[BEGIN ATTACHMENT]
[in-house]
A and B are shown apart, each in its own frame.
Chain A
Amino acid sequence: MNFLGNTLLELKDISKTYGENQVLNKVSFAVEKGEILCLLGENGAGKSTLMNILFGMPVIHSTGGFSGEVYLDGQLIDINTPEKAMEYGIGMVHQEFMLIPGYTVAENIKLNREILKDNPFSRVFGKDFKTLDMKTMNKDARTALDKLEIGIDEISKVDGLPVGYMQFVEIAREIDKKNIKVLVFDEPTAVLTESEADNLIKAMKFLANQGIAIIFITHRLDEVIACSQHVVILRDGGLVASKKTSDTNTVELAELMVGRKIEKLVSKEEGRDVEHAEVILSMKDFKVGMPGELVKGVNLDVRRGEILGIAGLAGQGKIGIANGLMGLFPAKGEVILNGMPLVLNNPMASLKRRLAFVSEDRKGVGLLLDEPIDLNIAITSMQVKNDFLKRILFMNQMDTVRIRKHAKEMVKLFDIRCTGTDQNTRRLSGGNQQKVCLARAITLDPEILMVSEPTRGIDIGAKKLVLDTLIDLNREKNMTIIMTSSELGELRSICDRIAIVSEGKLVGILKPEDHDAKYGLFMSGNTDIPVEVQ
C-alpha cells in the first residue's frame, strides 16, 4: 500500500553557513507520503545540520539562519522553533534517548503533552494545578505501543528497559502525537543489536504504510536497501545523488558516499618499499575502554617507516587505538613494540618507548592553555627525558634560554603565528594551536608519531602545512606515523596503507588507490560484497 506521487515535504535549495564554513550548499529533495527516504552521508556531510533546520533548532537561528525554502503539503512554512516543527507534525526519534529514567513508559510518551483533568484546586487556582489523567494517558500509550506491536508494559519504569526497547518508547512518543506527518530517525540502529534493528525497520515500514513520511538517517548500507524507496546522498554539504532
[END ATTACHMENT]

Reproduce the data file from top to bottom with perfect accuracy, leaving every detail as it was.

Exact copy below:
[in-house]
A and B are shown apart, each in its own frame.
Chain A
Amino acid sequence: MNFLGNTLLELKDISKTYGENQVLNKVSFAVEKGEILCLLGENGAGKSTLMNILFGMPVIHSTGGFSGEVYLDGQLIDINTPEKAMEYGIGMVHQEFMLIPGYTVAENIKLNREILKDNPFSRVFGKDFKTLDMKTMNKDARTALDKLEIGIDEISKVDGLPVGYMQFVEIAREIDKKNIKVLVFDEPTAVLTESEADNLIKAMKFLANQGIAIIFITHRLDEVIACSQHVVILRDGGLVASKKTSDTNTVELAELMVGRKIEKLVSKEEGRDVEHAEVILSMKDFKVGMPGELVKGVNLDVRRGEILGIAGLAGQGKIGIANGLMGLFPAKGEVILNGMPLVLNNPMASLKRRLAFVSEDRKGVGLLLDEPIDLNIAITSMQVKNDFLKRILFMNQMDTVRIRKHAKEMVKLFDIRCTGTDQNTRRLSGGNQQKVCLARAITLDPEILMVSEPTRGIDIGAKKLVLDTLIDLNREKNMTIIMTSSELGELRSICDRIAIVSEGKLVGILKPEDHDAKYGLFMSGNTDIPVEVQ
C-alpha cells in the first residue's frame, strides 16, 4: 500500500553557513507520503545540520539562519522553533534517548503533552494545578505501543528497559502525537543489536504504510536497501545523488558516499618499499575502554617507516587505538613494540618507548592553555627525558634560554603565528594551536608519531602545512606515523596503507588507490560484497 506521487515535504535549495564554513550548499529533495527516504552521508556531510533546520533548532537561528525554502503539503512554512516543527507534525526519534529514567513508559510518551483533568484546586487556582489523567494517558500509550506491536508494559519504569526497547518508547512518543506527518530517525540502529534493528525497520515500514513520511538517517548500507524507496546522498554539504532